There is unlikely to be a more difficult task in judo than to face and defeat the Japanese number one in Japan at an Olympic Games. If ever there was a moment for the saying “When the going gets tough, the tough get going,” then this scenario will probably be appropriate. Three times world champion TAKATO Naohisa (JPN) will be the man with the target on his back once action resumes in the lead up to Tokyo 2021.
However, Takato won’t be starting as current world champion, that honour belongs to Lukhumi CHKHVIMIANI (GEO) who had the day of his judo life when he took gold in Tokyo in 2019 when in the final of the world championships he defeated Sharafuddin LUTFILLAEV (UZB). It was Lutfillaev who in the quarterfinal had stunned the home fans by throwing Takato for ippon.
Hoping for a special performance will be Francisco GARRIGOS (ESP) who having won the junior world championships as long ago as 2014 has not yet been able to find his way to the senior podium despite four attempts. It will take something special from Robert MSHVIDOBADZE (RUS) who is in he difficult position of having to retain the title for Russia, Arsen GALSTYAN (RUS) having won in London in 2012 and Beslan MUDRANOV (RUS) in Rio in 2016. Mshvidobadze will be looking to improve on the silver medal he took at the world championships in Baku in 2018 where Takato defeated him.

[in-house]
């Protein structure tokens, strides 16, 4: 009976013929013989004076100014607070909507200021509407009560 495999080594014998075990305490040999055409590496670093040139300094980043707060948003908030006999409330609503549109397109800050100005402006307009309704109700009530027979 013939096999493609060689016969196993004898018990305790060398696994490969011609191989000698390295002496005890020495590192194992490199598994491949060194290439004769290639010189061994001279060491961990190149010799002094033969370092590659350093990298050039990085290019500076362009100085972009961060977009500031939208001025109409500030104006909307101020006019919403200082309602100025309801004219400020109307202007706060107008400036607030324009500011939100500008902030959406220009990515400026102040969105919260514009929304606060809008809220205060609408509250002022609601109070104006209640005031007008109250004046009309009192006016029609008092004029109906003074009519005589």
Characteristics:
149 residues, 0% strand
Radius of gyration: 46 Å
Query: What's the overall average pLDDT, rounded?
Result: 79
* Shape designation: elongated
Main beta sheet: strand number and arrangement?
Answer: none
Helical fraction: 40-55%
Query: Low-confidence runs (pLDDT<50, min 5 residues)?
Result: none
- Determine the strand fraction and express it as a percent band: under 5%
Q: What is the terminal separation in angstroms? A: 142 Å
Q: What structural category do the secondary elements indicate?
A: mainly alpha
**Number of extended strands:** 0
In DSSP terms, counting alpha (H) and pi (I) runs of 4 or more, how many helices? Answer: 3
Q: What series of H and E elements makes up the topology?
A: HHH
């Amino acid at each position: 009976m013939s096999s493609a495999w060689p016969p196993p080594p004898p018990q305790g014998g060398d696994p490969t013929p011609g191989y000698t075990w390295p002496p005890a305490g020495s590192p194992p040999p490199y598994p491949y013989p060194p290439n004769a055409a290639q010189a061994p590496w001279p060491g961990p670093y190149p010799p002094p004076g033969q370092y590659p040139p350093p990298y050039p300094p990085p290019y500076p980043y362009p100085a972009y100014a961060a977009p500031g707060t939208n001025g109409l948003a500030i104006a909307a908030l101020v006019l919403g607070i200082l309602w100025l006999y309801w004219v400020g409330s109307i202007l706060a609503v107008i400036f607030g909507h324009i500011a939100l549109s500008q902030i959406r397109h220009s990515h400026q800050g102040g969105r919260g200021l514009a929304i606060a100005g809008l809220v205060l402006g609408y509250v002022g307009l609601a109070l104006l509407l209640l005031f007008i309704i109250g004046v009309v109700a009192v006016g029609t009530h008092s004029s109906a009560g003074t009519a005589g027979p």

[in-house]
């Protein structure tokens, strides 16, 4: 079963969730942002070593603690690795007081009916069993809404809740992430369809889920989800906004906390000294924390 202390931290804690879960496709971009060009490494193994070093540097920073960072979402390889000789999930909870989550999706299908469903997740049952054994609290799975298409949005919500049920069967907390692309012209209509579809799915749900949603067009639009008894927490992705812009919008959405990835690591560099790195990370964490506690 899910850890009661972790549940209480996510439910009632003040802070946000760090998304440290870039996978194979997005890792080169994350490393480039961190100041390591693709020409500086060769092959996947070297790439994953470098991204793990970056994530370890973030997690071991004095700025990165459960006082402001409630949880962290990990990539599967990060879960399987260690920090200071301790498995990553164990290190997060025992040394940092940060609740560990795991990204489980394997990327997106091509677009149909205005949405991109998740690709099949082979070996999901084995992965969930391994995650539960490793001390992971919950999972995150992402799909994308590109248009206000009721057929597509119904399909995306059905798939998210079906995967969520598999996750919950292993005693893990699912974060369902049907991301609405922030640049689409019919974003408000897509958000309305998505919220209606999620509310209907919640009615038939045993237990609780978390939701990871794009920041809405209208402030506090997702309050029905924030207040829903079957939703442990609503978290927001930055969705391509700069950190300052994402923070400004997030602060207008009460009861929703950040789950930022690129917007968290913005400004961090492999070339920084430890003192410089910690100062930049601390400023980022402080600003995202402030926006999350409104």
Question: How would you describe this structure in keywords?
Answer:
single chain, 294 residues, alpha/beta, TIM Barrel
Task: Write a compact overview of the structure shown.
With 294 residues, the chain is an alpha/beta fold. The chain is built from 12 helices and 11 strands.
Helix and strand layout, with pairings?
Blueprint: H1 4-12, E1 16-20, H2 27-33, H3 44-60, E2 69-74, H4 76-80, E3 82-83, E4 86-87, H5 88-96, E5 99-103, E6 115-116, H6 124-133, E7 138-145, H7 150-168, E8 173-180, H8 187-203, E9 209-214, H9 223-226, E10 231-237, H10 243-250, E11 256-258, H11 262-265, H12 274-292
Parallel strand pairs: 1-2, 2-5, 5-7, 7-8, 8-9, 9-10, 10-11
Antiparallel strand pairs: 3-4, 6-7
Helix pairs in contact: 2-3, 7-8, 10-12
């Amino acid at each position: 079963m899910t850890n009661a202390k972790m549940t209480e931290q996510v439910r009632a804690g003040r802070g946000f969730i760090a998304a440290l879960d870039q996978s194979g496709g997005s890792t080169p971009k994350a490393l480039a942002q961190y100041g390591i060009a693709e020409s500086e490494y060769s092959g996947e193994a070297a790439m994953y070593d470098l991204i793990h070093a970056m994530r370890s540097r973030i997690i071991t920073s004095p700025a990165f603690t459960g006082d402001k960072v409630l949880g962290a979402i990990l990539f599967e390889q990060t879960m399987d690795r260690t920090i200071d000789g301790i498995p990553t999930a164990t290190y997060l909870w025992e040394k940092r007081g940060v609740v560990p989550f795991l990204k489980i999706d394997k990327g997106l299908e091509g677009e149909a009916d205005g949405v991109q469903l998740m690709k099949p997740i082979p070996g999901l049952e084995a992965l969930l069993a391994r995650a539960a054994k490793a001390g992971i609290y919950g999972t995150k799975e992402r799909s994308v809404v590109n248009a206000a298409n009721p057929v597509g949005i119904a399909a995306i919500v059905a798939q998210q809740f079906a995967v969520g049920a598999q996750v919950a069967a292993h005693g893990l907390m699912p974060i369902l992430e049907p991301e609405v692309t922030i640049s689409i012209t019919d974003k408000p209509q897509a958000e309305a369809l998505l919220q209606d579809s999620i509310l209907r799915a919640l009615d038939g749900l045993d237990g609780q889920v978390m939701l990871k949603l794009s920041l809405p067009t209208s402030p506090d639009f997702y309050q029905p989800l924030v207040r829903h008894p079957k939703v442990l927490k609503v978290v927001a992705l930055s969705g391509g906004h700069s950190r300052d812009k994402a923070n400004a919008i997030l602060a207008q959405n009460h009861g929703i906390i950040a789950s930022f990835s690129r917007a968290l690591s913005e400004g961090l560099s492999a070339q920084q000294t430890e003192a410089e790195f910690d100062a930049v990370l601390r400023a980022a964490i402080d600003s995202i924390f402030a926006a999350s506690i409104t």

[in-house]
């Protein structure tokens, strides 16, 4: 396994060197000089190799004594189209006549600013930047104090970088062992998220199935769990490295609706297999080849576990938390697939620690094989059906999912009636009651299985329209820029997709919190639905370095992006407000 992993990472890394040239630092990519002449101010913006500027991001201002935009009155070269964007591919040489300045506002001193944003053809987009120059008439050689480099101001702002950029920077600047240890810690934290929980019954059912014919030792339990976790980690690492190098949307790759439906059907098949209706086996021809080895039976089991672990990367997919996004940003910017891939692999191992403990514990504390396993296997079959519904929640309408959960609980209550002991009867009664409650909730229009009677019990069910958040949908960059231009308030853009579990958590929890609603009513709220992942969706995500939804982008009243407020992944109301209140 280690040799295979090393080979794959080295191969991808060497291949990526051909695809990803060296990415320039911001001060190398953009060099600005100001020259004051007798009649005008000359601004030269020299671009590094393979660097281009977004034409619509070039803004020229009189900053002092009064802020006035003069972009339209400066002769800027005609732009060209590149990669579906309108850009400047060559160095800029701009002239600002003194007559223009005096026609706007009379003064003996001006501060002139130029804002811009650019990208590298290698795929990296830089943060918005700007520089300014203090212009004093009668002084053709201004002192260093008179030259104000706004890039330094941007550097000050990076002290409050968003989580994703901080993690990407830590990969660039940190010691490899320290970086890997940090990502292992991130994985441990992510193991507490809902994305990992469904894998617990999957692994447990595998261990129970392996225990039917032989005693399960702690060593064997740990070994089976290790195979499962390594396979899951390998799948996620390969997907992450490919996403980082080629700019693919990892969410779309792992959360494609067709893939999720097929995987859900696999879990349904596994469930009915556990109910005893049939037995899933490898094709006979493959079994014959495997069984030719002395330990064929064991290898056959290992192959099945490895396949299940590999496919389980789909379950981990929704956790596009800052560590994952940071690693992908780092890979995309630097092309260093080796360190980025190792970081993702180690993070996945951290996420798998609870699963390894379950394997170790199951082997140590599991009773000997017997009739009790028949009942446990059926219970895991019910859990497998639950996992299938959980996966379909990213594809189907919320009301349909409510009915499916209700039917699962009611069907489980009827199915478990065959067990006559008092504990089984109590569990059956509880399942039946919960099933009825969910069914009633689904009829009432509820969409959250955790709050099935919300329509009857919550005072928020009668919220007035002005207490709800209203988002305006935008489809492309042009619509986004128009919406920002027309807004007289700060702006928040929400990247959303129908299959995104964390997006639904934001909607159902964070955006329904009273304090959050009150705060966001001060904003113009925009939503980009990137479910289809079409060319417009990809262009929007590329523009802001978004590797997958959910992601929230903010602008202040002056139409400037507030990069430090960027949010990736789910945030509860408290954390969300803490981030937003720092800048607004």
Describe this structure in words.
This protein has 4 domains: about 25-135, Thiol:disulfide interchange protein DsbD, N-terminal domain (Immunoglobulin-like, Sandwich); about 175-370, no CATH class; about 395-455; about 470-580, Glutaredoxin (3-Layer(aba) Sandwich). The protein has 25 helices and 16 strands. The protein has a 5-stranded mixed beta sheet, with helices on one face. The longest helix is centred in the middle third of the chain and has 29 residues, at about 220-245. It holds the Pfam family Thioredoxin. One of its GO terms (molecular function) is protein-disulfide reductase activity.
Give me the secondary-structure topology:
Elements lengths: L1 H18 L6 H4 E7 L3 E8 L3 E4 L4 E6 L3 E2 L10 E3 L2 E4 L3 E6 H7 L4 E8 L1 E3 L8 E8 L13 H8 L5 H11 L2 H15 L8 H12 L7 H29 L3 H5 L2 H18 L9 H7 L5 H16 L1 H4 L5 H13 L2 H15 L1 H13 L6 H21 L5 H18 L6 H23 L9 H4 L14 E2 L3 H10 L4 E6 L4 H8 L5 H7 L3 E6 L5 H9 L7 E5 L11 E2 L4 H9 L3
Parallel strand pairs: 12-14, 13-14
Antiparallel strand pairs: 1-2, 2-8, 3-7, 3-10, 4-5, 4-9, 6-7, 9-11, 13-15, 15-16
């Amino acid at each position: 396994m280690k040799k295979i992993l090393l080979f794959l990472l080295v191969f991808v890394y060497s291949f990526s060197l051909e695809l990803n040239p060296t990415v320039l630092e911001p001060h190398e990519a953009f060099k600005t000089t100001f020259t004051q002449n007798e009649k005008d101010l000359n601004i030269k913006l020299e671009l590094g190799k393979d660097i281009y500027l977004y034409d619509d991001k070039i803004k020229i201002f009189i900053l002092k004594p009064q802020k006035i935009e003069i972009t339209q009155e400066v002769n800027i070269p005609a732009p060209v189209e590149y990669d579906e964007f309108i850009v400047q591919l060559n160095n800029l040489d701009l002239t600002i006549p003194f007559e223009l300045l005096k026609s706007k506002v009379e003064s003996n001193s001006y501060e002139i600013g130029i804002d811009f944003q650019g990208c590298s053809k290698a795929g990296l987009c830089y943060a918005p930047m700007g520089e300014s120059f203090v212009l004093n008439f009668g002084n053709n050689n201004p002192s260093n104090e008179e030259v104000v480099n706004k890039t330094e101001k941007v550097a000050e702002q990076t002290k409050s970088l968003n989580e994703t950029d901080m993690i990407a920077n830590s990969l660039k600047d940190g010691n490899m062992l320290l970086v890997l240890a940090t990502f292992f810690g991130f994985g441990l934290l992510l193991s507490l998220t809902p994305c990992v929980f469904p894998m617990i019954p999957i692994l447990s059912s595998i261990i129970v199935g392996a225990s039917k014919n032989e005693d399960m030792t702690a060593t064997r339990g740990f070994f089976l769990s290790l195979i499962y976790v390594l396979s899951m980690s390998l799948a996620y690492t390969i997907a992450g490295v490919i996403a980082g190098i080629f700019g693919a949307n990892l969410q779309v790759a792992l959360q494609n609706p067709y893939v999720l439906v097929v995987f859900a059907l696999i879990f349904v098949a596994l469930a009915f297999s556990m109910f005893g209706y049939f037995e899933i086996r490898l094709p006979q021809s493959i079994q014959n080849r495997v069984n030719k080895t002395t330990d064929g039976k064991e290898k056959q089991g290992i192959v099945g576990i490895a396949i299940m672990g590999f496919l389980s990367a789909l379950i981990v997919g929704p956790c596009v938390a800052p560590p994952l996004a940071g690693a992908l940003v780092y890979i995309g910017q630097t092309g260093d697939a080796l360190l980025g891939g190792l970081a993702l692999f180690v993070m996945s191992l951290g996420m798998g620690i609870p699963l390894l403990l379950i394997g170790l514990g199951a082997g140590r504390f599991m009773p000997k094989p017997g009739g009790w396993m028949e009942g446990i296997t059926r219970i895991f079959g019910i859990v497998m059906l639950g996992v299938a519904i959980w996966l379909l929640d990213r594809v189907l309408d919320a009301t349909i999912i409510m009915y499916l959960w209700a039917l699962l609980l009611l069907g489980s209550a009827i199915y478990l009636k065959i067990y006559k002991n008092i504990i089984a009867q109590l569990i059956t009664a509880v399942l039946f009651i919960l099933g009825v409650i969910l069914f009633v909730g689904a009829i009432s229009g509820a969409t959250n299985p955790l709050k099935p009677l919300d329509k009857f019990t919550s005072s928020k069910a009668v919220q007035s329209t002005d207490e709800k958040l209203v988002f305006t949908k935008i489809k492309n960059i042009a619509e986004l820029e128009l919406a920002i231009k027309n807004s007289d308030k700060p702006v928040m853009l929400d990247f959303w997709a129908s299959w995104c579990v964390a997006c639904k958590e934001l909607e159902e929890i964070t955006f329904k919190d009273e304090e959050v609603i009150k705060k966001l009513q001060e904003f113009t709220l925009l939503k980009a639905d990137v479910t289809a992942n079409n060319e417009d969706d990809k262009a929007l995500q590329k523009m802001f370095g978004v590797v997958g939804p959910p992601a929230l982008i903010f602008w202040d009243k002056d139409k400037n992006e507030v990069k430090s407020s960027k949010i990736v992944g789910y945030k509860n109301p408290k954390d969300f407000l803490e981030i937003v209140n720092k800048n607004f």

The weight of expectation on Takato will be enormous but that is something that each competitor will have to handle and to somehow find a way to perform to the best of their ability despite the incredible pressure. Not since the record-breaking third title won in Athens in 2004 by the legendary NOMURA Tadahiro (JPN) has Japan been able to celebrate a gold medal winner in a category where they have been so dominant. It will indeed be tough.
Author: Sheldon Franco Rooks